Mental Maps: More Inspiration + More Mapping Resources
Over the course of the next two weeks, I will be asking you to bring visual elements into your presentation of your project – to make these spaces begin to come alive in new and dynamic ways for your viewers/audience/yourself.
So, here are some more maps! Everything Sings! (check out the links below that article, too) creative cartographies! map scribbles! take some time and explore these mental maps of san francisco. also, there is a resurgence of this idea of psychogeography (a little obscure but interesting) – and take a look at these smell maps, too – here’s another. Something else, simple but cool, fallen fruit mapping.
On Friday, I’ll be asking you to storyboard out your website visually and present a visual scheme for your map – which means exploring some of the following resources even if you’re not yet prepared to use them. By the end of this week, you should be able to produce a report that includes a collection of what you’ve gathered/researched thus far, your storyboard for your website, and some sort of visualization for your map itself. Obviously, the descriptive web-text will help with this process as well. Please take some time and check out these mapping resources and decide if any of them will be helpful for your needs – you will need to know how you want to go about constructing your map in a digital format in addition to how you desire it to appear:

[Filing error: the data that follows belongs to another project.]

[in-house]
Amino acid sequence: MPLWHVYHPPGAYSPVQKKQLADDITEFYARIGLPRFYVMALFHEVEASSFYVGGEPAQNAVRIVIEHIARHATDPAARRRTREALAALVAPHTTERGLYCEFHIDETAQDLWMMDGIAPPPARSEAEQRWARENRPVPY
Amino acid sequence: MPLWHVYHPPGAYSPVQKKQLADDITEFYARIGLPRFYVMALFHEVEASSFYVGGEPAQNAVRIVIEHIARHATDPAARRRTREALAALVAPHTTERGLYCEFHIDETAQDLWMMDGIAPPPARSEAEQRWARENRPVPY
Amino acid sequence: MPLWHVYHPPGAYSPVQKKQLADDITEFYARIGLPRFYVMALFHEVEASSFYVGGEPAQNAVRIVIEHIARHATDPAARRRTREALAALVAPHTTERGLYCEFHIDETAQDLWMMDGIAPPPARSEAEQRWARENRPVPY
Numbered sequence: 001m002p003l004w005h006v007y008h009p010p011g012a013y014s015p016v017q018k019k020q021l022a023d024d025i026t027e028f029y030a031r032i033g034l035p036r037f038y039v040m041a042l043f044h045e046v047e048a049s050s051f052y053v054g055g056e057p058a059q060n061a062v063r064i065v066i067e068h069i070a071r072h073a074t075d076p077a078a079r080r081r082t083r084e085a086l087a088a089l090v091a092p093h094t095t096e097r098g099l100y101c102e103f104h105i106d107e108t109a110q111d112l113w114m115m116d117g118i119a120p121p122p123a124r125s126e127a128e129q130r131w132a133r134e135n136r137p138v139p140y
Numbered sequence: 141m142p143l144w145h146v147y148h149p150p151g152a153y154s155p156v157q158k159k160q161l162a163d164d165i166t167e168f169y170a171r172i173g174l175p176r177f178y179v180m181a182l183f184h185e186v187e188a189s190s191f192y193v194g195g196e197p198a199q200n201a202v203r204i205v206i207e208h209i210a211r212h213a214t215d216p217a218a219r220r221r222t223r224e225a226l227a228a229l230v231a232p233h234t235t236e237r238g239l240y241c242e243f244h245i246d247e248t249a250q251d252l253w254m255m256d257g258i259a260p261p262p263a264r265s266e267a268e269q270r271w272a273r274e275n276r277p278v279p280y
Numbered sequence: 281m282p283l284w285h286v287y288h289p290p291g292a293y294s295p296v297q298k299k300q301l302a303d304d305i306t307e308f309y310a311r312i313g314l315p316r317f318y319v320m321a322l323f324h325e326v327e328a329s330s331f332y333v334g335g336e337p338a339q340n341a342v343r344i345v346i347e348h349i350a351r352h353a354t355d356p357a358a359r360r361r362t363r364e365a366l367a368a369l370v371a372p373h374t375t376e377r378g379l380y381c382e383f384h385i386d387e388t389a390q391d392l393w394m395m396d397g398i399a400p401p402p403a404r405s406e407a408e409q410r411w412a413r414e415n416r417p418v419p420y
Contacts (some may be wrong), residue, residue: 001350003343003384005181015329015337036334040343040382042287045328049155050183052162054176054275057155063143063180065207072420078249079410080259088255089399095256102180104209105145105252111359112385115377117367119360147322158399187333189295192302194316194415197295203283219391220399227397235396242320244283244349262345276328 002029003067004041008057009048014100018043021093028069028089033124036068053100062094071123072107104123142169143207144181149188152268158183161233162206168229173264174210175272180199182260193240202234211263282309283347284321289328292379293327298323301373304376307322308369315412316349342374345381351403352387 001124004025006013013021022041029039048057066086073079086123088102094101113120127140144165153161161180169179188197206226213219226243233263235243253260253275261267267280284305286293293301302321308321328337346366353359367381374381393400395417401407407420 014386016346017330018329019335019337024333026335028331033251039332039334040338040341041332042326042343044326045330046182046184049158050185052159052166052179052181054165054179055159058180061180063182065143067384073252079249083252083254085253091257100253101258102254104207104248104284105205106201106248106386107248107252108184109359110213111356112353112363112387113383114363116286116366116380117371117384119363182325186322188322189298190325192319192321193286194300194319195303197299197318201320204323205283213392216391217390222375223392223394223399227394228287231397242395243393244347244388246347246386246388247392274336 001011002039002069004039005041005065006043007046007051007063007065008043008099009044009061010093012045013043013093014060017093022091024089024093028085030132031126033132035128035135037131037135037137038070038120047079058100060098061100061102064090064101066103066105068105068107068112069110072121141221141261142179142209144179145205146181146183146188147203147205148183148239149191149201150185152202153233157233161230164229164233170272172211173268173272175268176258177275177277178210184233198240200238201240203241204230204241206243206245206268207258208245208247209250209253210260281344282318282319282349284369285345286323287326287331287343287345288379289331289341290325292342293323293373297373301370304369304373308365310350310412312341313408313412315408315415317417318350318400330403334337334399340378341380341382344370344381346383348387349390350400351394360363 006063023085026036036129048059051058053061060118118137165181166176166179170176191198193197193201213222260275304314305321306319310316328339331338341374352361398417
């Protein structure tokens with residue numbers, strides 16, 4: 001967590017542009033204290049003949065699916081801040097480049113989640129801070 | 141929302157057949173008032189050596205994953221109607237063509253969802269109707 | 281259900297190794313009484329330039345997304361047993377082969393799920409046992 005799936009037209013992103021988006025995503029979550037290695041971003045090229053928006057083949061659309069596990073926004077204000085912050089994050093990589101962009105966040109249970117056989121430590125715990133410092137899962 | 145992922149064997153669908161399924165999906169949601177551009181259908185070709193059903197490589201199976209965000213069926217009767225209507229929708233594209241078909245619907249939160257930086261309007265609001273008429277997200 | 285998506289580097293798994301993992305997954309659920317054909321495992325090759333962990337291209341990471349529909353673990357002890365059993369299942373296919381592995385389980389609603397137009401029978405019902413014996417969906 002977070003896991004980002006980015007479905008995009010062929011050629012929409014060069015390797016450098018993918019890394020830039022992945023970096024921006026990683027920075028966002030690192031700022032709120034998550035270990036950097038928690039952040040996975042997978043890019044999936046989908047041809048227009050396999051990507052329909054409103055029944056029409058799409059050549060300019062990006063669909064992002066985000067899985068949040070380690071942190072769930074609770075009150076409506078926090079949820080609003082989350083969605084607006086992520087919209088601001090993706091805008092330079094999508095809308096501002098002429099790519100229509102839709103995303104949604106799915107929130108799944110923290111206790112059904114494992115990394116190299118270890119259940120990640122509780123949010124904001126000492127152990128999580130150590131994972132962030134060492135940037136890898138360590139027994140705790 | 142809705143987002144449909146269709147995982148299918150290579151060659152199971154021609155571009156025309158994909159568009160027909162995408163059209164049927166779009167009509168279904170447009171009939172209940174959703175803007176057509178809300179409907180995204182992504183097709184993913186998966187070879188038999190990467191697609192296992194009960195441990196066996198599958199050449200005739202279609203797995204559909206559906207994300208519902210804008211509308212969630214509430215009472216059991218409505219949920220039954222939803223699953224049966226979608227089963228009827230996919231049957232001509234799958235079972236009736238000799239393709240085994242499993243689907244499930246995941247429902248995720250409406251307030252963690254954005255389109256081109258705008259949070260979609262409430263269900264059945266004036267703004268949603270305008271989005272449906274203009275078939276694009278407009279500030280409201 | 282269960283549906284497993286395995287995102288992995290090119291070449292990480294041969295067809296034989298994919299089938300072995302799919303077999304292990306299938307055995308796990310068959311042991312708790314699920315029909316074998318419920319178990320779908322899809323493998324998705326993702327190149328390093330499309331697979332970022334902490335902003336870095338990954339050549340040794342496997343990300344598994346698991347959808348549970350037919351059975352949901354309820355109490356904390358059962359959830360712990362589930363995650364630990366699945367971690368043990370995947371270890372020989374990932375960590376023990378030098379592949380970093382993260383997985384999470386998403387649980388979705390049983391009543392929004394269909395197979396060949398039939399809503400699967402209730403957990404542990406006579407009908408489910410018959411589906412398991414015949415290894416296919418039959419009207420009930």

– Google Earth – provides you with satellite imagery but is more dynamic and versatile than simple overviews of a place. If you would like, you can go back in time, annotate maps with your own comments and markers, add links and images, and produce your own layers and photos – here is a tutorial. This is a great way to create tours of a place, adding in your own content to a pre-existing map.
– GeoCommons.com – I just took a brief tutorial on this; it is a little less intuitive than google earth but you can easily produce your own maps using data here, so take some time to look around this website.
– WalkingPapers.org – you can use this for printing out base maps for mental/paper mapping, and you can scan them back in digitally and they will be automatically georeferenced for you, which means that they will fall in the right location in Google Earth or a similar mapping platform.
-Scribblemaps.com – much more analog-seeming but still on a digital platform.
-Epicollect.net – this can be used to collect digital data in the field using a smartphone. It can function as a gps-enabled survey, and can be used to annotate photos, record sounds, etc, which you can then place into a digital map.